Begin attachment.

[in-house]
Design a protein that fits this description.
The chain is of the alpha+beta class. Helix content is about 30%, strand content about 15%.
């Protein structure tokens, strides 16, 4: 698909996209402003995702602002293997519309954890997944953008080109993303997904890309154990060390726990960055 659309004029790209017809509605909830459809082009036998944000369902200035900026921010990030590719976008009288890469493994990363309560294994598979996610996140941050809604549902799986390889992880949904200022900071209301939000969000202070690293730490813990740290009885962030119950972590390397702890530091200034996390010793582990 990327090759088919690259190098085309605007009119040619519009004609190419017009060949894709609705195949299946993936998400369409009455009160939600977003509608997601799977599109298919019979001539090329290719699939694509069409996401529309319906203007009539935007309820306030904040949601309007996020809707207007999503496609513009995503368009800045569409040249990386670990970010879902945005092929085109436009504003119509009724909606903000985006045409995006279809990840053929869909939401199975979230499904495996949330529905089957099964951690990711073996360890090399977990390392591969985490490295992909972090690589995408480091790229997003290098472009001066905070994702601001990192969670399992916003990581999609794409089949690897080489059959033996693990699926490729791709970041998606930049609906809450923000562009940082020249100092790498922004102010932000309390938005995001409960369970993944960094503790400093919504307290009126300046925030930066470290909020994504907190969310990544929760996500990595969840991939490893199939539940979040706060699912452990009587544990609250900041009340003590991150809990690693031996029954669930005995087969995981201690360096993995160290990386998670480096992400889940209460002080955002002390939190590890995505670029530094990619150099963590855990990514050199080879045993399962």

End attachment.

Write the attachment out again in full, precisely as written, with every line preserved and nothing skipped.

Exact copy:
[in-house]
Design a protein that fits this description.
The chain is of the alpha+beta class. Helix content is about 30%, strand content about 15%.
């Protein structure tokens, strides 16, 4: 698909996209402003995702602002293997519309954890997944953008080109993303997904890309154990060390726990960055 659309004029790209017809509605909830459809082009036998944000369902200035900026921010990030590719976008009288890469493994990363309560294994598979996610996140941050809604549902799986390889992880949904200022900071209301939000969000202070690293730490813990740290009885962030119950972590390397702890530091200034996390010793582990 990327090759088919690259190098085309605007009119040619519009004609190419017009060949894709609705195949299946993936998400369409009455009160939600977003509608997601799977599109298919019979001539090329290719699939694509069409996401529309319906203007009539935007309820306030904040949601309007996020809707207007999503496609513009995503368009800045569409040249990386670990970010879902945005092929085109436009504003119509009724909606903000985006045409995006279809990840053929869909939401199975979230499904495996949330529905089957099964951690990711073996360890090399977990390392591969985490490295992909972090690589995408480091790229997003290098472009001066905070994702601001990192969670399992916003990581999609794409089949690897080489059959033996693990699926490729791709970041998606930049609906809450923000562009940082020249100092790498922004102010932000309390938005995001409960369970993944960094503790400093919504307290009126300046925030930066470290909020994504907190969310990544929760996500990595969840991939490893199939539940979040706060699912452990009587544990609250900041009340003590991150809990690693031996029954669930005995087969995981201690360096993995160290990386998670480096992400889940209460002080955002002390939190590890995505670029530094990619150099963590855990990514050199080879045993399962």